He has also se­lected CAA, the peo­ple that han­dle Ja­cob deGrom, Noah Syn­der­gaard and Yoe­nis Ce­s­pedes, as his rep­re­sen­ta­tives, mean­ing they have a fa­mil­iar­ity with what the Mets can of­fer.

Otani is an im­pact player on both sides of the ball.

Since 2013, in 82 starts (and three re­lief ap­pear­ances) Otani has a 2.52 ERA in 543 in­nings with the Nip­pon-Ham Fighters. Over that span, he has al­lowed just 24 home runs. He has av­er­aged 10.3 strike­outs per nine in­nings and just 3.3 walks per nine.

And he’s not just a good hit­ting pitcher. Otani has a ca­reer .286 bat­ting av­er­age with a .358 on-base per­cent­age and .500 slug­ging per­cent­age.

And he’d be com­ing from a place all-too fa­mil­iar to most Mets play­ers in 2017. Otani missed the World Baseball Clas­sic in 2017 be­cause of an an­kle in­jury. He then had a thigh in­jury that had him out for a few months. now that he’s go­ing to have a full spring train­ing, I think he could def­i­nitely play there,” said Ricco, who spoke to the me­dia as Alder­son met with the com­pe­ti­tion com­mit­tee.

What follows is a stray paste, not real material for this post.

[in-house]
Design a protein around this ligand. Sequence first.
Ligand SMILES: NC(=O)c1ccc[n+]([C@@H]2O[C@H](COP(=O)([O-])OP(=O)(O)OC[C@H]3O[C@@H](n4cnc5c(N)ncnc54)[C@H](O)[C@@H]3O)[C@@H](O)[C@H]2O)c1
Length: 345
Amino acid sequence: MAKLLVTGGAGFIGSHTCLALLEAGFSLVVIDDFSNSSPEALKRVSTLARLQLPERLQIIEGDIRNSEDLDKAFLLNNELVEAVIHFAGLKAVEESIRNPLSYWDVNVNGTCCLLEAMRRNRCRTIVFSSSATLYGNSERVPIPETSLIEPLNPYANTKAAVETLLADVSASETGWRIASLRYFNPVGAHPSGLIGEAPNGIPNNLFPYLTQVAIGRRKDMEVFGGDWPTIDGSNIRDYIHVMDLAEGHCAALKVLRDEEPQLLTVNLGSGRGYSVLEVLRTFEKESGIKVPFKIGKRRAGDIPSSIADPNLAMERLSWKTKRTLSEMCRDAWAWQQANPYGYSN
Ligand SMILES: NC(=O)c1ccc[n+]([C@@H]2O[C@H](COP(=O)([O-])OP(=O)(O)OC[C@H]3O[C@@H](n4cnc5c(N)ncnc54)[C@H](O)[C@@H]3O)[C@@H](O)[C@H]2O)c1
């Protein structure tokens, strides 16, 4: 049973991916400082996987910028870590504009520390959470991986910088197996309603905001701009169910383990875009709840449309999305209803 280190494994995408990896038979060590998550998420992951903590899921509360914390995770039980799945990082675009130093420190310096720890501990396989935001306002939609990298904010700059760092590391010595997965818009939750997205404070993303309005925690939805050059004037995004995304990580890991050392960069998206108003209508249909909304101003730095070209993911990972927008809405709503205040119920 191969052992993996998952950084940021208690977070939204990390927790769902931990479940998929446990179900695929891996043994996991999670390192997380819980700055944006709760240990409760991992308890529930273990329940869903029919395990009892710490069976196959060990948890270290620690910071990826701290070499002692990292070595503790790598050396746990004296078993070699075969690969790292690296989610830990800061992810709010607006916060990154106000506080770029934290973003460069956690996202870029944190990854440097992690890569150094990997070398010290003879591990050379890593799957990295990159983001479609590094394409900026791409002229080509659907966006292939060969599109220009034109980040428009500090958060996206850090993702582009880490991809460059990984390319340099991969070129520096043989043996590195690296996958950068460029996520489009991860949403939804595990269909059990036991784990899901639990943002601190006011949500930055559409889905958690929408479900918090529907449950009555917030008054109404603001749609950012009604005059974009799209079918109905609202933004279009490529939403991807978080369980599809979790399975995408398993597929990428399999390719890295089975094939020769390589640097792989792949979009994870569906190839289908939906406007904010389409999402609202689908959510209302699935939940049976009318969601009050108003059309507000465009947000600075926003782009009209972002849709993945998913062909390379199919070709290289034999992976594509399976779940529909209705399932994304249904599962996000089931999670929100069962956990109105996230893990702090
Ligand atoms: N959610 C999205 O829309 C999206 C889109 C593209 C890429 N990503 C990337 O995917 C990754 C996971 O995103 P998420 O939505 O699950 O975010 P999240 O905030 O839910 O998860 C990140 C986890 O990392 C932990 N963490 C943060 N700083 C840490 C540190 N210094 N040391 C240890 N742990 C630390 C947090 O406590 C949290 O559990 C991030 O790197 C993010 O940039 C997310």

“But he does have ver­sa­til­ity. The rea­son we haven’t seen Sandy com­mit is be­cause there are a lot of op­tions on the ta­ble. If we fill third base in a dif­fer­ent way, we could just move As­drubal to sec­ond base. That’s prob­a­bly why Sandy’s not say­ing he’s the third base­man. “

The Mets, how­ever, are “lean­ing” to­wards bring­ing in a sec­ond base­man to help add to a lineup with­out Wright.

With op­tions like Wilmer Flores, Gavin Cec­chini and T.J. Rivera in­ter­nally, the Mets have dis­cussed bring­ing back Jose Reyes or Neil Walker.

In a very ca­sual talk with the Mar­lins this week, the Mets tried to gauge if there would be a pos­si­ble fit for a deal. The Mar­lins have made it known that sec­ond base­man Dee Gor­don is avail­able, but the Mets came away with the im­pres­sion that was not a move they could put to­gether a pack­age for at the mo­ment. The Mar­lins are first fo­cused on try­ing to deal slug­ger Gian­carlo Stan­ton, a Mets source said, and won’t be fo­cused on mov­ing Gor­don or other pieces for a while.